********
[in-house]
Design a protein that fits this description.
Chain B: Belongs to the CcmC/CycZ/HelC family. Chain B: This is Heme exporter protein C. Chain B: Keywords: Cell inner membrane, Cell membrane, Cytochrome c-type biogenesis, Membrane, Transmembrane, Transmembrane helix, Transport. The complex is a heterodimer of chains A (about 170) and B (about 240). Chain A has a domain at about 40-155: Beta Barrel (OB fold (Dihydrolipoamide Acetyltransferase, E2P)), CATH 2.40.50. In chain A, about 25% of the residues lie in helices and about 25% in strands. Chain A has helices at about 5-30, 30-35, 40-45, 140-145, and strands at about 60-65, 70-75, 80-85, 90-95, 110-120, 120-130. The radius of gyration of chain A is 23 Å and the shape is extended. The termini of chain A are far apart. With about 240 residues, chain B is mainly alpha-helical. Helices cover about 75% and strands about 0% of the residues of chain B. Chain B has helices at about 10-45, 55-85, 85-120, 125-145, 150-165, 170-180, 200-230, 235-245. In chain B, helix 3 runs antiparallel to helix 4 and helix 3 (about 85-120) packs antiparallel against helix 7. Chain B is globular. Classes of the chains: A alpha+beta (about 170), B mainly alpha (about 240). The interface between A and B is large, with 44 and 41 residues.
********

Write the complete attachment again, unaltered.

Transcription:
[in-house]
Design a protein that fits this description.
Chain B: Belongs to the CcmC/CycZ/HelC family. Chain B: This is Heme exporter protein C. Chain B: Keywords: Cell inner membrane, Cell membrane, Cytochrome c-type biogenesis, Membrane, Transmembrane, Transmembrane helix, Transport. The complex is a heterodimer of chains A (about 170) and B (about 240). Chain A has a domain at about 40-155: Beta Barrel (OB fold (Dihydrolipoamide Acetyltransferase, E2P)), CATH 2.40.50. In chain A, about 25% of the residues lie in helices and about 25% in strands. Chain A has helices at about 5-30, 30-35, 40-45, 140-145, and strands at about 60-65, 70-75, 80-85, 90-95, 110-120, 120-130. The radius of gyration of chain A is 23 Å and the shape is extended. The termini of chain A are far apart. With about 240 residues, chain B is mainly alpha-helical. Helices cover about 75% and strands about 0% of the residues of chain B. Chain B has helices at about 10-45, 55-85, 85-120, 125-145, 150-165, 170-180, 200-230, 235-245. In chain B, helix 3 runs antiparallel to helix 4 and helix 3 (about 85-120) packs antiparallel against helix 7. Chain B is globular. Classes of the chains: A alpha+beta (about 170), B mainly alpha (about 240). The interface between A and B is large, with 44 and 41 residues.